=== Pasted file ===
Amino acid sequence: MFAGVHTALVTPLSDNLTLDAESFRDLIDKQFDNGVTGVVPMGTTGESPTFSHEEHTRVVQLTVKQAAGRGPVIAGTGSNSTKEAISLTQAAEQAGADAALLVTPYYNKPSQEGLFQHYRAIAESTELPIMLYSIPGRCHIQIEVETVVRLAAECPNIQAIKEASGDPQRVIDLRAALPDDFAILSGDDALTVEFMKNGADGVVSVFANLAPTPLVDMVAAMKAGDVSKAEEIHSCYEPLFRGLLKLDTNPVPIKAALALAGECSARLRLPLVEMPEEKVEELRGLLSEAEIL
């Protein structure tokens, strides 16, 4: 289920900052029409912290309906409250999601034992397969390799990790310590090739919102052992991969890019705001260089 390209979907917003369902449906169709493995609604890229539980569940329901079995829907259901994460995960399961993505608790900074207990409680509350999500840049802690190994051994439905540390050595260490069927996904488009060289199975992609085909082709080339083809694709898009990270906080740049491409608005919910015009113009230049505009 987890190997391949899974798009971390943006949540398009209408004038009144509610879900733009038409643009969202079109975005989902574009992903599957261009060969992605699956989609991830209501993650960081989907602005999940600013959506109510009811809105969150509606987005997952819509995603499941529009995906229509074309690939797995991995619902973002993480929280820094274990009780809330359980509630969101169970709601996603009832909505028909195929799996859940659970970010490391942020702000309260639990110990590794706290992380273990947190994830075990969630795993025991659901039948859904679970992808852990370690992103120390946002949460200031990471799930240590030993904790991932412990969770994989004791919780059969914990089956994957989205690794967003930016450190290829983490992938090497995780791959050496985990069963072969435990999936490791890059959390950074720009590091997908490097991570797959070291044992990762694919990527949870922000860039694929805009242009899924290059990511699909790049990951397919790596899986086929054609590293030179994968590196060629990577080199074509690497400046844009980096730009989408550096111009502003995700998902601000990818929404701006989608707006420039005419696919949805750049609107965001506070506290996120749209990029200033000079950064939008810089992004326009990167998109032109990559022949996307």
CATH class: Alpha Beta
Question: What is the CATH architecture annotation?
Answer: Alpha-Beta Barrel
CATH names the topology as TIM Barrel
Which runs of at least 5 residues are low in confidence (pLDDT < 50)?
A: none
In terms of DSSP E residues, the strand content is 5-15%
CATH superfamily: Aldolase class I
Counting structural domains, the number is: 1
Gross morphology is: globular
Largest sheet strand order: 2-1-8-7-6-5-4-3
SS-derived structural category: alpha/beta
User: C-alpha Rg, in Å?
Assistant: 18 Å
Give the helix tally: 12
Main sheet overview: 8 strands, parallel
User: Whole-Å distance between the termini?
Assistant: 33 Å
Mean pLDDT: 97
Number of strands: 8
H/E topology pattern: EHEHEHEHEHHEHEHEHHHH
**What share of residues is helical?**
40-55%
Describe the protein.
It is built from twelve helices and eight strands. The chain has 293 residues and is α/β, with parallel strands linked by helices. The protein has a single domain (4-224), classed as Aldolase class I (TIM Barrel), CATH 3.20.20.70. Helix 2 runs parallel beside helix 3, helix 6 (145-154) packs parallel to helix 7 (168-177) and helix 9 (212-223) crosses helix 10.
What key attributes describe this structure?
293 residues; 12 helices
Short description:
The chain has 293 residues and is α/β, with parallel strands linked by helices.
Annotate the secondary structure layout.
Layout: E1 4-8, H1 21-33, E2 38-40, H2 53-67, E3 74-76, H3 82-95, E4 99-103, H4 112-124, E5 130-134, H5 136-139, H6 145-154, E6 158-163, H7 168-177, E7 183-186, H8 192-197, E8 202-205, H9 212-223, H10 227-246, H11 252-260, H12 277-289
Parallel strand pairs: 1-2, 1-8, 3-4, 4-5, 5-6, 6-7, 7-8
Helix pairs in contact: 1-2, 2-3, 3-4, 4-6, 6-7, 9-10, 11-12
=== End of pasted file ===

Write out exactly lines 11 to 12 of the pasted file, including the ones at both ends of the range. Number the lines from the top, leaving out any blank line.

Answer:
Counting structural domains, the number is: 1
Gross morphology is: globular